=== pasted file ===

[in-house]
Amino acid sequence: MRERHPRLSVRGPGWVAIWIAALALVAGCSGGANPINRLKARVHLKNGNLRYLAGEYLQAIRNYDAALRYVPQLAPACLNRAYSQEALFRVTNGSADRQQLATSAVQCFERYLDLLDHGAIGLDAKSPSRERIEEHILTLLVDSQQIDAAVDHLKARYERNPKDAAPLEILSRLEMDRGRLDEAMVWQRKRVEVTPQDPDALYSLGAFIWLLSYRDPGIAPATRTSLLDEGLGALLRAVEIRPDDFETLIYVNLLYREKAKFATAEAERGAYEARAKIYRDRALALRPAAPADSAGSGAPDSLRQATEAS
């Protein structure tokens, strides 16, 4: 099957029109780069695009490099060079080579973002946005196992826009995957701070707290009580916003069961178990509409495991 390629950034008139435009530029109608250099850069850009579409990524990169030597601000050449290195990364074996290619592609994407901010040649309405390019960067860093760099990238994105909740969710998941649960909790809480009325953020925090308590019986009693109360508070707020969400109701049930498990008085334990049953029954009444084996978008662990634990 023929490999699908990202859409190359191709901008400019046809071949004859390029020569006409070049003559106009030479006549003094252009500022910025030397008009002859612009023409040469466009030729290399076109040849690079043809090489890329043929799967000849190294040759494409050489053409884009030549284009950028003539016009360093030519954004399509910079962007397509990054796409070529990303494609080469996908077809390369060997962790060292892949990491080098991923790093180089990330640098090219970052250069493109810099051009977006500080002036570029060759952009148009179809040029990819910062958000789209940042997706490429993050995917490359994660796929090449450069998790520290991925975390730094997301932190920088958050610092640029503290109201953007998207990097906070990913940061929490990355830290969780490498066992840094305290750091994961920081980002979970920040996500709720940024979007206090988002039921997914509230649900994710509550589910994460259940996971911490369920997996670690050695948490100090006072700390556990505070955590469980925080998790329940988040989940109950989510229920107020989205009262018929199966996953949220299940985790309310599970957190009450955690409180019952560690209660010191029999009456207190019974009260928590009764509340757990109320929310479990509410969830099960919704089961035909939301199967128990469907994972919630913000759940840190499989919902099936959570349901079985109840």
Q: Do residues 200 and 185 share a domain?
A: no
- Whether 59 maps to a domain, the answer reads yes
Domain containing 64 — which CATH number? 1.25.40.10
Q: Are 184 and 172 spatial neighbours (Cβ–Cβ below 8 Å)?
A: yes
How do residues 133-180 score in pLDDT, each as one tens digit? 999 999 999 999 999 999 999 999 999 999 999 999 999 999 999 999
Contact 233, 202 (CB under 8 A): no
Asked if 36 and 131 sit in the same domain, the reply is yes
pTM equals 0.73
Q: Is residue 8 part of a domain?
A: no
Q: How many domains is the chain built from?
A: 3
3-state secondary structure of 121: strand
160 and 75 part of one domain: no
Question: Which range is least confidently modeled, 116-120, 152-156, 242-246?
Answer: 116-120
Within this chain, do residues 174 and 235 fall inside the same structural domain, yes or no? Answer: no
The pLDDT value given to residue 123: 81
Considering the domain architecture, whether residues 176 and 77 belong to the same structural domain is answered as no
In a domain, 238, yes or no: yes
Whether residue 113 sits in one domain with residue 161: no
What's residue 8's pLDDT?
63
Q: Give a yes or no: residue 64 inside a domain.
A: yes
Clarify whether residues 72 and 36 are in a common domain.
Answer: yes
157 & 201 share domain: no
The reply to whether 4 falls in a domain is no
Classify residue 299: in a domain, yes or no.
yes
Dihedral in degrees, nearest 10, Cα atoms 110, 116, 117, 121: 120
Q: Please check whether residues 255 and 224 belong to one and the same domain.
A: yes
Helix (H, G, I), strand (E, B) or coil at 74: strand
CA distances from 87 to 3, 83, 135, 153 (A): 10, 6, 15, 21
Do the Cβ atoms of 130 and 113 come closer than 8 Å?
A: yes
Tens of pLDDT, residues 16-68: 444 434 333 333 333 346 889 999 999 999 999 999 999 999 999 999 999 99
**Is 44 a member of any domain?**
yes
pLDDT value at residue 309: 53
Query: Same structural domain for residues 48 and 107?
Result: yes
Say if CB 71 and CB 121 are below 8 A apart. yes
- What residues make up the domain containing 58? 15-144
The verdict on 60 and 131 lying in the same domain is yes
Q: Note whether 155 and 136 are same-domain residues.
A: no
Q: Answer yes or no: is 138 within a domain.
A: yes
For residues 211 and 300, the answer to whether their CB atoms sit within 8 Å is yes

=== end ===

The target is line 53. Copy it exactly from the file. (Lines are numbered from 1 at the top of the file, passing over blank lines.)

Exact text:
Q: Note whether 155 and 136 are same-domain residues.